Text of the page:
June 21, 2009

Propping up the species

The red squirrel needs our help.

Warning! Stay alert.
Warning! Stay alert.

And so local school children near Greenhough responded,  raising the money to build a  rope bridge to help squirrels cross the road — a rare stretch of two-lane road near Kielder (as opposed to single track) on which reds were getting flattened.

A squirrel ladder
A squirrel bridge, made of rope, and high above the road, critically connects two pieces of woodland.

I couldn’t find any online local news about this particular bridge, but sources say that no squirrels have yet been sighted making use of it.

University of Leeds, however, has conducted a study on the use of rope bridges:

A study has proved that red squirrels can and do make use of special crossings set up over busy roads.

A researcher from the University of Leeds’ Faculty of Biological Sciences conducted a survey to discover whether red squirrels living in Loch Lomond and the Trossachs National Park were using rope bridges installed by a local wildlife group.

This kind of bridge is usually installed at sites where there have been fatalities recorded but up until now no-one has collected any data to show whether or not they are actually used by the animals.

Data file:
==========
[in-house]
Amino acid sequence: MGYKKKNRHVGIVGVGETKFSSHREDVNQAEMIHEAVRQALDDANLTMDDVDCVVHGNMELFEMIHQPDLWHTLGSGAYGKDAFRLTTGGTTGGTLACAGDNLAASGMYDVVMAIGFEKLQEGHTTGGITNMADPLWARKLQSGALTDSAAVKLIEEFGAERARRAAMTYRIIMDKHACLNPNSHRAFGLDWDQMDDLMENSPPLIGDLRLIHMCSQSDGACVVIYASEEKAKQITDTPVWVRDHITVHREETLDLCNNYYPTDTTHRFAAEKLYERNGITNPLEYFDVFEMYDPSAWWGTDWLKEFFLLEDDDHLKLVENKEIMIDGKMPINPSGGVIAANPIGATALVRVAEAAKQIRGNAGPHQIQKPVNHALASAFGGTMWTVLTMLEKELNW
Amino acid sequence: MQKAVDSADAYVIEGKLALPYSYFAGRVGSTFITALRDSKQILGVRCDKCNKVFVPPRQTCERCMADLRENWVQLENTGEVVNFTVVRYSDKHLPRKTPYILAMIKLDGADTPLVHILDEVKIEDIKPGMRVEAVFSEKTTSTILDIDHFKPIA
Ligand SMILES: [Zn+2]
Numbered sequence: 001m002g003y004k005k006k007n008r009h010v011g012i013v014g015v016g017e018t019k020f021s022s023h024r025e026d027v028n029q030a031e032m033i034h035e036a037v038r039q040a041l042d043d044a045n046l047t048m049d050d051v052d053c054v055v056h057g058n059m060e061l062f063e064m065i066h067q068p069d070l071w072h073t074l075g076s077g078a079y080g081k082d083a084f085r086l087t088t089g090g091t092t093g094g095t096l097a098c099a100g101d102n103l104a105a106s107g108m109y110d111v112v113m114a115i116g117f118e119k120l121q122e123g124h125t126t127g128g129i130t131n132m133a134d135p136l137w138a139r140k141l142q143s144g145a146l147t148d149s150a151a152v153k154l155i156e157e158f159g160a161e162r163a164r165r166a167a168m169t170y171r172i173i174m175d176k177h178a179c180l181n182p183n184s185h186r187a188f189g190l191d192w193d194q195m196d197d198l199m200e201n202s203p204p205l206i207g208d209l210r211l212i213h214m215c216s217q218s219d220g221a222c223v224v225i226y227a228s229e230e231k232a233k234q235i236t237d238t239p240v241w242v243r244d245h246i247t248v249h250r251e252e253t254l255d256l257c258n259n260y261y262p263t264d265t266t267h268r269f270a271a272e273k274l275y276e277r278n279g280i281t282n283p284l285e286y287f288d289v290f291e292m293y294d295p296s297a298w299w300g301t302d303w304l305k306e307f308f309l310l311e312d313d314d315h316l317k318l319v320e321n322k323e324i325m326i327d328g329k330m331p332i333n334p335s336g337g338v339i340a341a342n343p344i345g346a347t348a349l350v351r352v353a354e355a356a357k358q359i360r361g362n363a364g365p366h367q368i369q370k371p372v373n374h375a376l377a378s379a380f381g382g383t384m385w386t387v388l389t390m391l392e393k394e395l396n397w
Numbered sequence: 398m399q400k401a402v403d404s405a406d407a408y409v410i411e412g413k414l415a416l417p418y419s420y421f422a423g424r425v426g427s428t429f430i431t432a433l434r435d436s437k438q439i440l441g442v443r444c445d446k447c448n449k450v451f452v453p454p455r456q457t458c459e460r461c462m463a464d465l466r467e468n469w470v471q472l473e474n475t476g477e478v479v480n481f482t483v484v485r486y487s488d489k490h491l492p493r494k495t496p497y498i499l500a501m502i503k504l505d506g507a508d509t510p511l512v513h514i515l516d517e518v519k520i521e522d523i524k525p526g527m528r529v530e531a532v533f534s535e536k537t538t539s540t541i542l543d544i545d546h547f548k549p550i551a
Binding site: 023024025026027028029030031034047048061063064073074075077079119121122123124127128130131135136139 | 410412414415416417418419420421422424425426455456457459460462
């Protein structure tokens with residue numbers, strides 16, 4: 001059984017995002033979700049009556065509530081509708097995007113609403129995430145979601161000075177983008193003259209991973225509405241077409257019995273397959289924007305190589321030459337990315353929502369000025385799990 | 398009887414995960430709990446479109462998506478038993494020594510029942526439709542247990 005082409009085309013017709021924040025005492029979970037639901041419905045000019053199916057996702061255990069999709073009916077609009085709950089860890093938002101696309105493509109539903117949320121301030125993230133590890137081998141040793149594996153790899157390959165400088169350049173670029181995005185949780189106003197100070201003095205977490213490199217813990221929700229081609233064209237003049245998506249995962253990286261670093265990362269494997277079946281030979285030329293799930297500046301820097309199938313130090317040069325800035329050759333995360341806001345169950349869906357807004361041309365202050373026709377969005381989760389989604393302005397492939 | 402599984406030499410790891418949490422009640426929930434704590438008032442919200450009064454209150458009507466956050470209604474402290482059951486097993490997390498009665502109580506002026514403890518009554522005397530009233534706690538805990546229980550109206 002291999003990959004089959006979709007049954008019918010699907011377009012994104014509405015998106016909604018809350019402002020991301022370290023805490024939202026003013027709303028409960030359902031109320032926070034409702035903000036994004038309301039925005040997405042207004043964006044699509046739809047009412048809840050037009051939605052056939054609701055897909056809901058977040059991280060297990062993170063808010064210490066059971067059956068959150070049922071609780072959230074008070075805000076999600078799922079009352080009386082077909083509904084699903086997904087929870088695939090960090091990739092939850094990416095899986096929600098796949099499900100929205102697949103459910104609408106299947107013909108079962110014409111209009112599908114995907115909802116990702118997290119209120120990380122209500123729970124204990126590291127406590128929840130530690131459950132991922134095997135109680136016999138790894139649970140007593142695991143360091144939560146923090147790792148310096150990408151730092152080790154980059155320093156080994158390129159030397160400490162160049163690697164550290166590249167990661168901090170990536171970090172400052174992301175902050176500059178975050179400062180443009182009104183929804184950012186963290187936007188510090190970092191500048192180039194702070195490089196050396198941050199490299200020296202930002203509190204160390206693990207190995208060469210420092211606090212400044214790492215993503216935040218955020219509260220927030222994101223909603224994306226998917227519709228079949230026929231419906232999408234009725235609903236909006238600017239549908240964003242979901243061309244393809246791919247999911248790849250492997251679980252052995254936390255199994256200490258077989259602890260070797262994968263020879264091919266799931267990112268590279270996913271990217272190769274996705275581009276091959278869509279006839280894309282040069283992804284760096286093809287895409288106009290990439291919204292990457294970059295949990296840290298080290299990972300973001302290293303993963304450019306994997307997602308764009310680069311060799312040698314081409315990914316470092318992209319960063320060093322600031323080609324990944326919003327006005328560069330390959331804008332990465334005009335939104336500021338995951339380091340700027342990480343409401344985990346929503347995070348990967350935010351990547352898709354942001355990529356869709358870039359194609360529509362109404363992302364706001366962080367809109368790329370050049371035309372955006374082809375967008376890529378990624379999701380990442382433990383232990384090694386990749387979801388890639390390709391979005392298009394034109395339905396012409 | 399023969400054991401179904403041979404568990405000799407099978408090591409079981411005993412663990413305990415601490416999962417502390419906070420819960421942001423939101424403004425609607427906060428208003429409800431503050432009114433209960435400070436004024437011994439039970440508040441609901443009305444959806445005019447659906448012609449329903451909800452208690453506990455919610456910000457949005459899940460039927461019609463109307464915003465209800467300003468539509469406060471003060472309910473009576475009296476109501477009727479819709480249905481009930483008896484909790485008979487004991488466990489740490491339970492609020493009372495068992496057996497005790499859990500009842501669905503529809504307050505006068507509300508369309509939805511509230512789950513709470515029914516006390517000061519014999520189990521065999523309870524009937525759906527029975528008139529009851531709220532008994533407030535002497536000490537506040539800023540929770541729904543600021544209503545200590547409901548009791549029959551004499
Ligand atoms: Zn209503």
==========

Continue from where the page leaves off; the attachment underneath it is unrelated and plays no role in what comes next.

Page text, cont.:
Stephen Lockwood, who is completing a masters’ degree in biodiversity and conservation, took specialist training in tree climbing so that he could to set up equipment to record the squirrels’ movements. In addition to using cameras he also used tubes filled with nuts and sticky tape to gather hairs and clay moulds to record the animals’ footprints.

He says: “This isn’t just about cutting down on the number of squirrels killed on the roads. We also know that when a natural habitat becomes fragmented, such as by the introduction of unnatural barriers like roads, there is a lesser chance of the species surviving in the long term because the opportunities for breeding are fewer. The bridges hopefully encourage the squirrels to explore a wider area and therefore lessen the chance of inbreeding. By finding out whether they actually use these bridges we can assess how useful it is to install them.”

(The complete press release from University of Leeds  here.)